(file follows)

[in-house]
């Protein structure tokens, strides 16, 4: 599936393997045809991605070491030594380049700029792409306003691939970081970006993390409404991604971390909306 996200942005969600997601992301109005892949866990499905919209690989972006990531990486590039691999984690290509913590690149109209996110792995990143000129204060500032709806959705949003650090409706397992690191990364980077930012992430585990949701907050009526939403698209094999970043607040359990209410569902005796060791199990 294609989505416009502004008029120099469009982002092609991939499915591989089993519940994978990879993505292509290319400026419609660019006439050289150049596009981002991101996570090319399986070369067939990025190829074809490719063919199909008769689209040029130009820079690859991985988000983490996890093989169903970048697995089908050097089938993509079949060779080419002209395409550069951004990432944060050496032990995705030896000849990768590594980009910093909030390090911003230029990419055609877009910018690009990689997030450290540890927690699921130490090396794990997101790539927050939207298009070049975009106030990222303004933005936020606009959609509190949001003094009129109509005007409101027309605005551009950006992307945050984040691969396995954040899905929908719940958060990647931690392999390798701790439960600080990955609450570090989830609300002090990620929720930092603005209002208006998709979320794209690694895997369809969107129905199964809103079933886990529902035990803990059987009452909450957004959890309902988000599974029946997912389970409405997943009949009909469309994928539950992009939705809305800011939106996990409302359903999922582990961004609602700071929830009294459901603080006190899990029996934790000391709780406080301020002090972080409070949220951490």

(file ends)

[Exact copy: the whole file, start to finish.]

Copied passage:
[in-house]
């Protein structure tokens, strides 16, 4: 599936393997045809991605070491030594380049700029792409306003691939970081970006993390409404991604971390909306 996200942005969600997601992301109005892949866990499905919209690989972006990531990486590039691999984690290509913590690149109209996110792995990143000129204060500032709806959705949003650090409706397992690191990364980077930012992430585990949701907050009526939403698209094999970043607040359990209410569902005796060791199990 294609989505416009502004008029120099469009982002092609991939499915591989089993519940994978990879993505292509290319400026419609660019006439050289150049596009981002991101996570090319399986070369067939990025190829074809490719063919199909008769689209040029130009820079690859991985988000983490996890093989169903970048697995089908050097089938993509079949060779080419002209395409550069951004990432944060050496032990995705030896000849990768590594980009910093909030390090911003230029990419055609877009910018690009990689997030450290540890927690699921130490090396794990997101790539927050939207298009070049975009106030990222303004933005936020606009959609509190949001003094009129109509005007409101027309605005551009950006992307945050984040691969396995954040899905929908719940958060990647931690392999390798701790439960600080990955609450570090989830609300002090990620929720930092603005209002208006998709979320794209690694895997369809969107129905199964809103079933886990529902035990803990059987009452909450957004959890309902988000599974029946997912389970409405997943009949009909469309994928539950992009939705809305800011939106996990409302359903999922582990961004609602700071929830009294459901603080006190899990029996934790000391709780406080301020002090972080409070949220951490």